Beef recipes

Red meat such as beef is a great source of iron. Choose lean cuts of red meat.

We have 2 recipes for you to try.

Hoi Sin and garlic beef noodles

Serves 2

Ingredients

  • 1 tbsp vegetable oil
  • 250g rump steak, trimmed of fat and thinly sliced
  • 1 green pepper, sliced
  • 150g mushrooms, halved
  • 200g broccoli, chopped
  • 120g Hoi Sin and garlic stir-fry sauce
  • 200g noodles

Method

  1. Heat the oil in a wok or large frying pan over a high heat. Stir-fry the beef for a few minutes and then set aside.
  2. Stir-fry the pepper for three minutes. Add the mushrooms and cook for a couple more minutes. Add the broccoli and a splash of water, cover and cook until the broccoli is tender and the water has evaporated.
  3. Meanwhile, cook the noodles according to the instructions on pack.
  4. Stir in the sauce and return the beef to the pan. Warm through and serve with the noodles.

Beef and bean cottage pie with sweet potato mash

Ingredients

  • 1 tbsp vegetable oil
  • 1 onion, finely chopped
  • 1 clove of garlic, finely chopped
  • 1 large carrot, peeled and diced
  • 1 stick of celery, diced
  • 150g lean minced beef
  • 1 tbsp of tomato puree
  • 1 can of cannellini beans
  • 1 reduced salt beef stock cube, made up with 200ml water
  • 1 bay leaf
  • 1 tsp mixed herbs
  • 1 medium sweet potato (approx 200g), peeled and cubed
  • 1 medium potato (approx 160g), peeled and cubed
  • 50ml semi-skimmed or 1% milk
  • 1 tbsp of reduced fat spread
  • 50g grated mature cheddar cheese (you could try using reduced fat cheese)
  • 200g frozen peas

Method

  1. Pre-heat the oven to 200oC.
  2. Heat a pan, add the vegetable oil and fry the onions and garlic for 2-3 minutes on a low heat until softened.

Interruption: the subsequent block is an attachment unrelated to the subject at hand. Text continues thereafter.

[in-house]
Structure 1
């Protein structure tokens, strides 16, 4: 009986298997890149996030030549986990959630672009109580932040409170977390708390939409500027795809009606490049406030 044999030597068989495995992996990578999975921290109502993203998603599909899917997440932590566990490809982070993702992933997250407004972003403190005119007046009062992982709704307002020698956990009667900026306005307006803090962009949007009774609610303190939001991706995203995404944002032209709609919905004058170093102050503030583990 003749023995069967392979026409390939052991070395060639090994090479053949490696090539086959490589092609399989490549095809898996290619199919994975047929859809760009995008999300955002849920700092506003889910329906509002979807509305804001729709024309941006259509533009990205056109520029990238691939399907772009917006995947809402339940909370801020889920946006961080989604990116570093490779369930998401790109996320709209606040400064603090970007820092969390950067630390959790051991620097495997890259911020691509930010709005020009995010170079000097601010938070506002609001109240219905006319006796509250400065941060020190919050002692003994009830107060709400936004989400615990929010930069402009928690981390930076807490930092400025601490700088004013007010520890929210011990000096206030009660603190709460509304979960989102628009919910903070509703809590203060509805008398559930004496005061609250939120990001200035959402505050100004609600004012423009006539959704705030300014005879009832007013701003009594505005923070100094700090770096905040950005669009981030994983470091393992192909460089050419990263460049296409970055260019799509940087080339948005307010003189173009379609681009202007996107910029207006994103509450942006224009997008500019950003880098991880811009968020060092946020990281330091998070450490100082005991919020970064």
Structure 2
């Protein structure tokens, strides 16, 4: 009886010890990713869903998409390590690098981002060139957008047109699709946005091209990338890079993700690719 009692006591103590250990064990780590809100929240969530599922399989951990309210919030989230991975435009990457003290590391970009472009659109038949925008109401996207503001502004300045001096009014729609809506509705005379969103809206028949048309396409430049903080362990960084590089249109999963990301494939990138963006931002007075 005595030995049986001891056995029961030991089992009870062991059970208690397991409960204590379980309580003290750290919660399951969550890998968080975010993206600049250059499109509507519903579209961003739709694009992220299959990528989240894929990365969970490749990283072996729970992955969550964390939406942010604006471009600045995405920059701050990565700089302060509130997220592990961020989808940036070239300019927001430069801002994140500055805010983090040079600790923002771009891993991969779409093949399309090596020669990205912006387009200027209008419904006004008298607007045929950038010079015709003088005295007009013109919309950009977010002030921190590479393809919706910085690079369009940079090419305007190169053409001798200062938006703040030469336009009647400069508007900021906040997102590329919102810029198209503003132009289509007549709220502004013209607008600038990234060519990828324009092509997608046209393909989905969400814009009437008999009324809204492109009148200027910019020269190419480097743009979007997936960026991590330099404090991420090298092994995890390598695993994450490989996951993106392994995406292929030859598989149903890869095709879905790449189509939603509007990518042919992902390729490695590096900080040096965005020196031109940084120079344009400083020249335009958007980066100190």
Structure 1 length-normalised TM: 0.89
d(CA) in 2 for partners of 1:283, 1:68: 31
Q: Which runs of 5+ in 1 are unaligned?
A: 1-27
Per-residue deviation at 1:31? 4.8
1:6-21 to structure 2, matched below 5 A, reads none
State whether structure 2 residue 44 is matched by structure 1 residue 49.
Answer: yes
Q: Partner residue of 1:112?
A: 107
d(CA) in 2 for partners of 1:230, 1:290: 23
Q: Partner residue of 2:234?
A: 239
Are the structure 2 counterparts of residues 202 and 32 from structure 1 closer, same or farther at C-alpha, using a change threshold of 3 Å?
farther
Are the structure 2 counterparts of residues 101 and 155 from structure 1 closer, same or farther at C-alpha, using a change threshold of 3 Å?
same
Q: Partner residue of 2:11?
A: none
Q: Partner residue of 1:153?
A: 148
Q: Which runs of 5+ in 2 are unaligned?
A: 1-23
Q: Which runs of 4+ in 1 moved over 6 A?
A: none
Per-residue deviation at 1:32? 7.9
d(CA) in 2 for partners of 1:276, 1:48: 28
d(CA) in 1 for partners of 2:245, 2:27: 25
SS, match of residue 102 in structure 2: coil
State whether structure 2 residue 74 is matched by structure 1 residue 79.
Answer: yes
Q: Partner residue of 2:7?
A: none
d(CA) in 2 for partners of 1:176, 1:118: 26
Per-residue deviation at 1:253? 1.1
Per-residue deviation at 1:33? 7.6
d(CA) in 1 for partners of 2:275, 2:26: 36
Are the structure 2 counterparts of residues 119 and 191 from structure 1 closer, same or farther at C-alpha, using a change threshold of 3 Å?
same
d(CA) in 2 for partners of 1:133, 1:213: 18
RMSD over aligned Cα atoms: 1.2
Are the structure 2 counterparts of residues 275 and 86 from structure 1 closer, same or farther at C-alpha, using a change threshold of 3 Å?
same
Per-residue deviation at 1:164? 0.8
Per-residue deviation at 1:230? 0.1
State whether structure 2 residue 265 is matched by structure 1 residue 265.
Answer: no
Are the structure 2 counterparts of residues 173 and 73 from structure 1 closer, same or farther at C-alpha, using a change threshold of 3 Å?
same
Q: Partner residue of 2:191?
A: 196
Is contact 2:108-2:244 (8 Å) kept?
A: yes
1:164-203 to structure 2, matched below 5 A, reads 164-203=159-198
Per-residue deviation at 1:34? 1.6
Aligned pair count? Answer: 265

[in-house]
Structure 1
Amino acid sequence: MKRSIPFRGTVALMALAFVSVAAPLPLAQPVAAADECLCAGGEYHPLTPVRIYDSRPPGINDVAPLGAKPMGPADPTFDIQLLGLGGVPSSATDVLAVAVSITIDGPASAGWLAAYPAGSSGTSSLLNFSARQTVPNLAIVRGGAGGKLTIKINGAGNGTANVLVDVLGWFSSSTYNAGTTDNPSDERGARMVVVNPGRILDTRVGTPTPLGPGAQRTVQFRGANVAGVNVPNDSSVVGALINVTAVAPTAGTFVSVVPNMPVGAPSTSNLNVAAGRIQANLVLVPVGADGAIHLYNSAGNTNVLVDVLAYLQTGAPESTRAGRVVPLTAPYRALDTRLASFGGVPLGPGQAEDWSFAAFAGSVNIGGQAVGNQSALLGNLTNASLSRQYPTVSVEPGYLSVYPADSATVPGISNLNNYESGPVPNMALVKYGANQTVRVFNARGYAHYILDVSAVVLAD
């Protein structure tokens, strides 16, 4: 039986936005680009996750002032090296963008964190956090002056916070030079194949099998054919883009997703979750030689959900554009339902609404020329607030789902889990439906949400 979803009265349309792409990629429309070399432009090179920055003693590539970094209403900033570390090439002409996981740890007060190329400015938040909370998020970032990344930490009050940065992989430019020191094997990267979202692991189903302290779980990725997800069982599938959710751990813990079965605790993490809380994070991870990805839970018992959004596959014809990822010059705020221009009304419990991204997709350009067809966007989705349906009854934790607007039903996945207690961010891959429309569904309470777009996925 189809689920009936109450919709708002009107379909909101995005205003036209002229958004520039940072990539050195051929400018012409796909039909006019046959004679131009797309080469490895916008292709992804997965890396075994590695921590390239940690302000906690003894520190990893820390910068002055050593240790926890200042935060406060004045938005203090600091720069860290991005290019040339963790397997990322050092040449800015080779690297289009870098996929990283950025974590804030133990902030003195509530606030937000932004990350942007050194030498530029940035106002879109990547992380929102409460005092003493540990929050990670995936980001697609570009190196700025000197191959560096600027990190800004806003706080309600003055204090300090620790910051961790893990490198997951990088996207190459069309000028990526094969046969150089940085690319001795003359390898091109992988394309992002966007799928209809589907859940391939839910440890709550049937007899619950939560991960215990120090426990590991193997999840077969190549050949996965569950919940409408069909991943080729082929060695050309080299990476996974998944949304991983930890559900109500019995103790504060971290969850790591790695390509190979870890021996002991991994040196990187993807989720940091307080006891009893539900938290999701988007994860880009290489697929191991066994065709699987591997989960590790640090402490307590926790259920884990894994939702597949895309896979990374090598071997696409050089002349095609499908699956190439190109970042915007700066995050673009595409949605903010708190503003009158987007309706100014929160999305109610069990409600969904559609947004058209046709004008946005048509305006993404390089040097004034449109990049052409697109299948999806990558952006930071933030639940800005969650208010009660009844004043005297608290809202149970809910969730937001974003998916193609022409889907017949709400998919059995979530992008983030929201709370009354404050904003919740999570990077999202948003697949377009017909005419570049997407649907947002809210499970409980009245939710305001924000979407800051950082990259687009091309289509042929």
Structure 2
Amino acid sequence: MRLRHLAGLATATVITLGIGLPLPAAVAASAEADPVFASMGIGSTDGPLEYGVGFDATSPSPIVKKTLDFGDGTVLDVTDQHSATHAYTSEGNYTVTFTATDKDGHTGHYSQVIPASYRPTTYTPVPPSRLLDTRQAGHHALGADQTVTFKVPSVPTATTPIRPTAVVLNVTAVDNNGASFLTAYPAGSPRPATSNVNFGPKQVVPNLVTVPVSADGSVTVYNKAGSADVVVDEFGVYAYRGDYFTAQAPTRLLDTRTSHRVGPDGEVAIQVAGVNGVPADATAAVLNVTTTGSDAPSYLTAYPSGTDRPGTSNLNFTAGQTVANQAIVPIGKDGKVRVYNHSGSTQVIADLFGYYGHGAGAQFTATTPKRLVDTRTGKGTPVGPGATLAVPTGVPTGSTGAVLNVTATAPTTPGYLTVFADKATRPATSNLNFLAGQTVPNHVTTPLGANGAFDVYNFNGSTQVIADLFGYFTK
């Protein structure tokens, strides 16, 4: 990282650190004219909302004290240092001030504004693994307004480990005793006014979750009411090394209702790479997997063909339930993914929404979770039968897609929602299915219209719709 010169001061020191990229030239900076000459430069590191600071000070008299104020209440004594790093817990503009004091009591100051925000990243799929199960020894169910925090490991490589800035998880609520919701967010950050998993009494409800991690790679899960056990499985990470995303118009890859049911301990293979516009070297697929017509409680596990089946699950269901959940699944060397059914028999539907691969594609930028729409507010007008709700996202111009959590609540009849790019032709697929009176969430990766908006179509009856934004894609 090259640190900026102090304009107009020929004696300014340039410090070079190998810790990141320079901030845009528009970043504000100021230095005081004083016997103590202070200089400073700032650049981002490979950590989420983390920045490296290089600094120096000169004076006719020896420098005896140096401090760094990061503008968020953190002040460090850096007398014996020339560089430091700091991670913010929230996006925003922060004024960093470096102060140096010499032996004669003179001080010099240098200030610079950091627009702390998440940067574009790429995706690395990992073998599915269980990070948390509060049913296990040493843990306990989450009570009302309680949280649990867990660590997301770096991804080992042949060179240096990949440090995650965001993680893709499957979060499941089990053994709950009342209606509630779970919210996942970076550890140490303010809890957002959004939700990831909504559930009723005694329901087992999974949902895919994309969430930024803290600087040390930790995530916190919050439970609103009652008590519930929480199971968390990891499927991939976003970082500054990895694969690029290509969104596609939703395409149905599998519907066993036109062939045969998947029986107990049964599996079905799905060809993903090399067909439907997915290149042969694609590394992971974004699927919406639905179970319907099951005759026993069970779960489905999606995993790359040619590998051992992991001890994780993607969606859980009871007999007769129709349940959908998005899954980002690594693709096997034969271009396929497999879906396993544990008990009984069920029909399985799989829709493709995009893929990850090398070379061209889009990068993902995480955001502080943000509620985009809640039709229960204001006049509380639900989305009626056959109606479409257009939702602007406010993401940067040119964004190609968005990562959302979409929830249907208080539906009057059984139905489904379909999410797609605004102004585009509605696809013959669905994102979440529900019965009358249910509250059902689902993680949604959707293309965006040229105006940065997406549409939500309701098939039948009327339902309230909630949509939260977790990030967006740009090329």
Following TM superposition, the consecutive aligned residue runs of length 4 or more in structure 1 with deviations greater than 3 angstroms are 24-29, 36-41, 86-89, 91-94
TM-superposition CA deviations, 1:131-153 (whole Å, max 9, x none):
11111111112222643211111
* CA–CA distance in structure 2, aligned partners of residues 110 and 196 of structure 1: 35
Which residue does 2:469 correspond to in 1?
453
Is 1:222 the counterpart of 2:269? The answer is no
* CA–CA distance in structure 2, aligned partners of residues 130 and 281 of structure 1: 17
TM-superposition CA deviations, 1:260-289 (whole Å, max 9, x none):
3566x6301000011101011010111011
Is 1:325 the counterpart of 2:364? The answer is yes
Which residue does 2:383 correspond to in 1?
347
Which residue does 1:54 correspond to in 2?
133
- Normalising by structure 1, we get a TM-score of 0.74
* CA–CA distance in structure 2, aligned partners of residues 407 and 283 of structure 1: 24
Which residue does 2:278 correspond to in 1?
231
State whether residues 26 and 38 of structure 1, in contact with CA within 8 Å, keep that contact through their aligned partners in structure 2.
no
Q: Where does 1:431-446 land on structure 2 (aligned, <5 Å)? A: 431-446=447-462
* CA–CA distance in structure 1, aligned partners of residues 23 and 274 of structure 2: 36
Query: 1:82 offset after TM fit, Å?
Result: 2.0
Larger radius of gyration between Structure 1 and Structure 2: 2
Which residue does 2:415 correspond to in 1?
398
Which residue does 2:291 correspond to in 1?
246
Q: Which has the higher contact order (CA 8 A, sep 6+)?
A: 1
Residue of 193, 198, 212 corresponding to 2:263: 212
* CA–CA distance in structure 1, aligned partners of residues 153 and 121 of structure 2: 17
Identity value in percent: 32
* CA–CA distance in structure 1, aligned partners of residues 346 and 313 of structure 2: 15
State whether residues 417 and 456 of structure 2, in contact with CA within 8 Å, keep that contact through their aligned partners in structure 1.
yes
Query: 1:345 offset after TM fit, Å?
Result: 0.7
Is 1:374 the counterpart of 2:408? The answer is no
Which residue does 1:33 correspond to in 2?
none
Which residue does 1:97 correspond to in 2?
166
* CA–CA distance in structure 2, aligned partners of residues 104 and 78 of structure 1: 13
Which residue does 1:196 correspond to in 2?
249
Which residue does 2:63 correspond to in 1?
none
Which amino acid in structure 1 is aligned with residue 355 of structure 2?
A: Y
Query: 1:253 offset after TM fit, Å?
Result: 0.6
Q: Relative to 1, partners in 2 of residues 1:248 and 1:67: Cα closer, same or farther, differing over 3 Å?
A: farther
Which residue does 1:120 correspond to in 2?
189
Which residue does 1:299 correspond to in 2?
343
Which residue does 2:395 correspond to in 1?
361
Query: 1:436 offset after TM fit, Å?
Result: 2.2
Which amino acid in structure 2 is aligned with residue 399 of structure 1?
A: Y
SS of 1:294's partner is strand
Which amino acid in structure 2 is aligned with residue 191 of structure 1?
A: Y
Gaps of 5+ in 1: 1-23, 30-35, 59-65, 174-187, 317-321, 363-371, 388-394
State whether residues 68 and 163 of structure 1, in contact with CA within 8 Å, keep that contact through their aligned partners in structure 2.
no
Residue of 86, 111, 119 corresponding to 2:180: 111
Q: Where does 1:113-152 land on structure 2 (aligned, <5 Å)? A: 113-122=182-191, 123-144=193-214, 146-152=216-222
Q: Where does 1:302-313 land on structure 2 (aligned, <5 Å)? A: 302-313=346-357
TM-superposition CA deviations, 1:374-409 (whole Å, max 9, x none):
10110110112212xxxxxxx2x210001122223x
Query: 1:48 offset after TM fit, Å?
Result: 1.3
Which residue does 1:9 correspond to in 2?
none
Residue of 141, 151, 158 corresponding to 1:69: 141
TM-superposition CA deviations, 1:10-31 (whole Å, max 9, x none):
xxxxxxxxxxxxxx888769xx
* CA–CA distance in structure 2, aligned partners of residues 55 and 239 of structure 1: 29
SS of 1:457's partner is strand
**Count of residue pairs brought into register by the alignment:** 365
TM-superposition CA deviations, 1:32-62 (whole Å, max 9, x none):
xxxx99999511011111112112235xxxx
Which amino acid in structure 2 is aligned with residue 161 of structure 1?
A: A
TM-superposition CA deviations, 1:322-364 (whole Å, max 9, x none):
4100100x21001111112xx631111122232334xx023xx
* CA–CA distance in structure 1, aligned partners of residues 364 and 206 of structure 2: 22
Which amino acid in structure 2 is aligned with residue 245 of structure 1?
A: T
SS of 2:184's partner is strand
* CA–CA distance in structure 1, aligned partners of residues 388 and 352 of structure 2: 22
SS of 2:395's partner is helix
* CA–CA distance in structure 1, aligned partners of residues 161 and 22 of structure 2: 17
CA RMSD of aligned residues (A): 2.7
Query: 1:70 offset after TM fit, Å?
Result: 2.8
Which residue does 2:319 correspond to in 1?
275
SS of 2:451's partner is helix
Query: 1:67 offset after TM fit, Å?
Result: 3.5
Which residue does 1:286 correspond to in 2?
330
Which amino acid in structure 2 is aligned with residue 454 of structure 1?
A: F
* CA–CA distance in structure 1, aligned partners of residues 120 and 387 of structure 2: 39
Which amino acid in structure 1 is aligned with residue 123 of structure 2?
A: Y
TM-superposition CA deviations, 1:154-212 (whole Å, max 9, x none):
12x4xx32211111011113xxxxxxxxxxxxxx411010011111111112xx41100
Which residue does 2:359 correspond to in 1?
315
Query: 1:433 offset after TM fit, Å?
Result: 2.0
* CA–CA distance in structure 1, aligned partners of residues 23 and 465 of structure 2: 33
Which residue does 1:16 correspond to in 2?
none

3. Turn up the heat and add the mince and fry for about 5 minutes until browned.
  4. Add the carrots and celery and fry for a further 2-3 minutes.
  5. Add the beef stock, tomato puree, bay leaf and mixed herbs and bring to the boil, reduce the heat and simmer for 15 minutes.
  6. Meanwhile, boil the potatoes and sweet potatoes together in a pan for about 10 minutes, or until soft.
  7. Drain and mash the potatoes and sweet potatoes together with the milk and low fat spread. Season to taste.
  8. Spoon the mince mixture into an oven proof dish and top with the mashed potato and grated cheese.
  9. Bake in the oven for 20 minutes or until the topping is beginning to brown.
  10. Boil the frozen peas for about 2 minutes and serve with the cottage pie.

 For more information on the sources used in this text, please contact postbox@nutrition.org.uk


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Congratulations on your newborn baby! While it's an exciting time it will be busy, so get ready to put your organisational skills to good use! Meal planning will be essential to ensure that you eat well and stay healthy to best care for your baby.

Breastfeeding